Weep for yourselves

October 23, 2013

Dear brothers and sisters,

I am taking the good news today from Luke 23:26-31.

As they led him away they took hold of a certain Simon, a Cyrenian, who was coming in from the country; and after laying the cross on him, they made him carry it behind Jesus. A large crowd of people followed Jesus, including many women who mourned and lamented him. Jesus turned to them and said, “Daughters of Jerusalem, do not weep for me; weep instead for yourselves and for your children, for indeed the days are coming when people will say, ‘Blessed are the barren, the wombs that never bore and the breasts that never nursed.’ At that time people will say to the mountains, ‘Fall upon us!’ and to the hills, ‘Cover us!’ for if these things are done when the wood is green what will happen when it is dry?”

Up to the end Jesus used memorable metaphors to communicate his message. What is his message? According to Johnson in The Gospel of Luke, daughters of Jerusalem or Zion in biblical literature represented the city itself. Jesus here is addressing all the people, not just the women in the crowd. In Jesus’ time there was hardly a fate worse than being unable to bear a child. A child was an heir, a child carried on the family name, a child was free labor, a child was insurance against the infirmities of old age. Barrenness was grounds for divorce. So, the days ahead when people would say that a barren womb was blessed must be unimaginably terrible. Johnson writes, “Sterility and barrenness are classic expressions of failure and of God’s disfavor rather than blessing. For a tradition in which having children is the quintessential blessing of God, a situation in which the barren are blessed in indeed grievous.” Barclay believes that Jesus was “seeing ahead the destruction of that city which had so often before, and which had now so finally, refused the invitation of God.” That’s serious stuff!

Jesus then quoted from scripture, Hosea chapter 10: “Then they shall cry out to the mountains, ‘Cover us!’ and to the hills, ‘Fall upon us!'” The context was God’s punishment of idolatry, the sin of Israel. God’s punishment was to be so terrible that people would plead for a quick death. The idolatry in Jesus’ time as in ours was still the golden calf — the placing of wealth, power, and prestige above the command to love God by caring and providing for one another. What does the wood being green as opposed to dry mean? The New Jerome Biblical Commentary states that this verse can be paraphrased as, “For if they have done this to Jesus, one who is life-giving, what will happen to dead, unrepentant Jerusalem.” The green wood was the present time and the dry was the future of Jerusalem under the siege of the Romans.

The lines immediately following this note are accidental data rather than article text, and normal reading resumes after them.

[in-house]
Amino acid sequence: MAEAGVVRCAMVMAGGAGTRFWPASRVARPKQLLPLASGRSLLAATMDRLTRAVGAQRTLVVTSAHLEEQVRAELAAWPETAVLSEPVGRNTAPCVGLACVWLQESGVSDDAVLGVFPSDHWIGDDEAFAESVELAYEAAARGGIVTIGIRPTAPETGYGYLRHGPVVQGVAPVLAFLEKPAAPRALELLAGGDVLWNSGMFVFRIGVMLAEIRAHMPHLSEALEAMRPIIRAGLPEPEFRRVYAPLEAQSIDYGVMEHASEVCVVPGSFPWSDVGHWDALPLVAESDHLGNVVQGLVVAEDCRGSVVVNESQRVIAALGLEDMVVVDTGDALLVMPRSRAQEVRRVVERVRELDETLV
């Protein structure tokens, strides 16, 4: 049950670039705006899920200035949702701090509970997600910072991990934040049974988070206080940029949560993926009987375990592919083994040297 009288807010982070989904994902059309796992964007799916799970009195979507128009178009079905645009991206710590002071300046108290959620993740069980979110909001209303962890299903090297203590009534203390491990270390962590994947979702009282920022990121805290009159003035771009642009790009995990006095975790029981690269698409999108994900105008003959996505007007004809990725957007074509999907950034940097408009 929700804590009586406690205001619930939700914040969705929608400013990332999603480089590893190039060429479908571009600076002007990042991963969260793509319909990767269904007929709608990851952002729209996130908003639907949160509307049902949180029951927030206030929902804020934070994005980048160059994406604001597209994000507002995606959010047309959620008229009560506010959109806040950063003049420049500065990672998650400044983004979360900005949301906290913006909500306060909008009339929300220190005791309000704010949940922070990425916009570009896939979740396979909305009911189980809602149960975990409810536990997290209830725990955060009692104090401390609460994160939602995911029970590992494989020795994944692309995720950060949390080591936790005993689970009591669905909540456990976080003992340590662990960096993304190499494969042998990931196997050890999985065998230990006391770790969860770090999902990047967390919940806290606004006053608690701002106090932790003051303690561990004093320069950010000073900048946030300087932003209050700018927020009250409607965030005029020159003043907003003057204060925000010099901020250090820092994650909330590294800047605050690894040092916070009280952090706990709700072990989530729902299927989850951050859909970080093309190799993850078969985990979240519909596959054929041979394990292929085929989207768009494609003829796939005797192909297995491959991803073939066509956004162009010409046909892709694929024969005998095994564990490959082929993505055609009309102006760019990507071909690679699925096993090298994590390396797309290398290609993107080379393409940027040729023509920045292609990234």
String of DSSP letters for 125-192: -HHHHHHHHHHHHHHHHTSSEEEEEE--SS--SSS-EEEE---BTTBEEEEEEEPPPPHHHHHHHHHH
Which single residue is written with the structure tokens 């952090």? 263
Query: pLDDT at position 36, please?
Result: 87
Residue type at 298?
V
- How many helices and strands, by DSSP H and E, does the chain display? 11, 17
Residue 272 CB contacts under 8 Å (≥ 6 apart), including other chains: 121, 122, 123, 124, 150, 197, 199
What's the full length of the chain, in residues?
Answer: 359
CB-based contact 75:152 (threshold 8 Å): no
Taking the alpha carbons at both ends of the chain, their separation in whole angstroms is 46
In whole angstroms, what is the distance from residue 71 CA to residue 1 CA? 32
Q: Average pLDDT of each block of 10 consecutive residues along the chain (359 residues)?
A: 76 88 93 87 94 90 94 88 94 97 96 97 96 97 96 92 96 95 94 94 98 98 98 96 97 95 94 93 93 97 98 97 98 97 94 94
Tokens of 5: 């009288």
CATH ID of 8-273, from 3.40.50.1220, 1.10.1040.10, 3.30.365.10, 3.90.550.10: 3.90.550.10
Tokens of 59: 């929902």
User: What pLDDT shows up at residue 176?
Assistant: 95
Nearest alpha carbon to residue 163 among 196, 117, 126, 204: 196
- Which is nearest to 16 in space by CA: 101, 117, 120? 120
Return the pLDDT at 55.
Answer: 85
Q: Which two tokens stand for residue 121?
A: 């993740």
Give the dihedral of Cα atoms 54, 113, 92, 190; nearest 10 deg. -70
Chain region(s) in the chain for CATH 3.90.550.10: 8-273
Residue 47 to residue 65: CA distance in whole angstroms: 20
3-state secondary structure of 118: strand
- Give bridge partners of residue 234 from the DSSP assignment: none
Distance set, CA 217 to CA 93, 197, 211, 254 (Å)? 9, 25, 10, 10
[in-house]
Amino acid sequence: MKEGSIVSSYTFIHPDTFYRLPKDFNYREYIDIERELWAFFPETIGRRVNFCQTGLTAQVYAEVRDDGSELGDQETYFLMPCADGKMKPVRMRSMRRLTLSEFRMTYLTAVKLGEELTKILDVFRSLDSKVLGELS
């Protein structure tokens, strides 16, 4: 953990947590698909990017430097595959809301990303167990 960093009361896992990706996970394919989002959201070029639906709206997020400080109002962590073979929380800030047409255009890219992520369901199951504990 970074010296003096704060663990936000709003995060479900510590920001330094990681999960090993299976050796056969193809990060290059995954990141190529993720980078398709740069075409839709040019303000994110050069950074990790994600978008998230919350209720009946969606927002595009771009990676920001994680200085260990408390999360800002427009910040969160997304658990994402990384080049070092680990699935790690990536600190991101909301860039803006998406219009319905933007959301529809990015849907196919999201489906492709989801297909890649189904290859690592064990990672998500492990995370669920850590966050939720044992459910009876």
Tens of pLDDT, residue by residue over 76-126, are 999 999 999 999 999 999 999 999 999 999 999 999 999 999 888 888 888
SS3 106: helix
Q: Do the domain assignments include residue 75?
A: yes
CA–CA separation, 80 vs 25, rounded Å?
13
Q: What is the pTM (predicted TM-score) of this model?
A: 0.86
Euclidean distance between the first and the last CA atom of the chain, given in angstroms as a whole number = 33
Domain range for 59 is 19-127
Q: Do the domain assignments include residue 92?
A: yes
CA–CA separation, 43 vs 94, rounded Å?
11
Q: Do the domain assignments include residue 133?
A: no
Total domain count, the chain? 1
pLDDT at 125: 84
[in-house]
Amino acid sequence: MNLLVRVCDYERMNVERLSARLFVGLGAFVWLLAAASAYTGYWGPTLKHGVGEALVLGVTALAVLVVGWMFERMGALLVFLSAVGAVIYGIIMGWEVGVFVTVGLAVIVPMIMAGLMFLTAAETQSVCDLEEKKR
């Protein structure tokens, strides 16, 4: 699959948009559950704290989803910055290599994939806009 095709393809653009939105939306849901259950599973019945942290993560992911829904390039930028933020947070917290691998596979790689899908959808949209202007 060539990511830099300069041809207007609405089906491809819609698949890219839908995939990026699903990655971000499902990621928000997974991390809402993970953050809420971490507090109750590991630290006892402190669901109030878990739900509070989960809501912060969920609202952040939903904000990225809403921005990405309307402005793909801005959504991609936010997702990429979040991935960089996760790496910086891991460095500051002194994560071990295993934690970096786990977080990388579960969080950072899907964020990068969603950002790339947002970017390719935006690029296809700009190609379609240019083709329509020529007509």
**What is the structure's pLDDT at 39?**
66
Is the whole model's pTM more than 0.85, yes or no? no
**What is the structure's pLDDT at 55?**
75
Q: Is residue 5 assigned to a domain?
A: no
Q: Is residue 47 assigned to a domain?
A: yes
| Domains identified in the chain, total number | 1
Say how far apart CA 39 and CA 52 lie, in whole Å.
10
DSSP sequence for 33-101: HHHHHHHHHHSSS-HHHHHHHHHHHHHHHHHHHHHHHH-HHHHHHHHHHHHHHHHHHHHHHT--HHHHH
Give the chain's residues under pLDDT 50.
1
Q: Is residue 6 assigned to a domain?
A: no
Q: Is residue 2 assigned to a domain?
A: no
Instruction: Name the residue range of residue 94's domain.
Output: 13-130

In these verses, according to Johnson, “Luke continues to portray Jesus as the sage and prophet. Even as he goes toward his death, he can ‘turn toward’ the women and deliver his somber prediction; he is capable even in this moment of greatest vulnerability to perceive the larger meaning of events and declare them: the violence done to him the messenger of peace, will be visited on those who do this violence, and in such terrible fashion that even the innocent will suffer as a result.” We still do violence to the messengers of peace today. It seems they don’t stand a chance; it seems God doesn’t stand a chance.

Weep for ourselves. Weep for the children slaughtered in their classrooms. Weep for the people in the movie theater murdered in their seats. Weep for the Afghan woman killed working in the field by a predator drone. Innocents all who suffer at the hands of the violent. It’s a blood-thirsty world we live in. It makes me cringe to think of God’s day of judgment coming upon us. However, I can’t despair. I must live with peace in my heart knowing that He loves me as He loves every person He has created. I must respond with peace in my heart when all I want is vengeance. I must advocate for peace because aggression and war destroy life. I must heed the commandment not to kill and do what I can to see that it becomes the letter and spirit of the law of the land. Jesus has warned us and he has shown us how God wants us to love one another, not kill one another.



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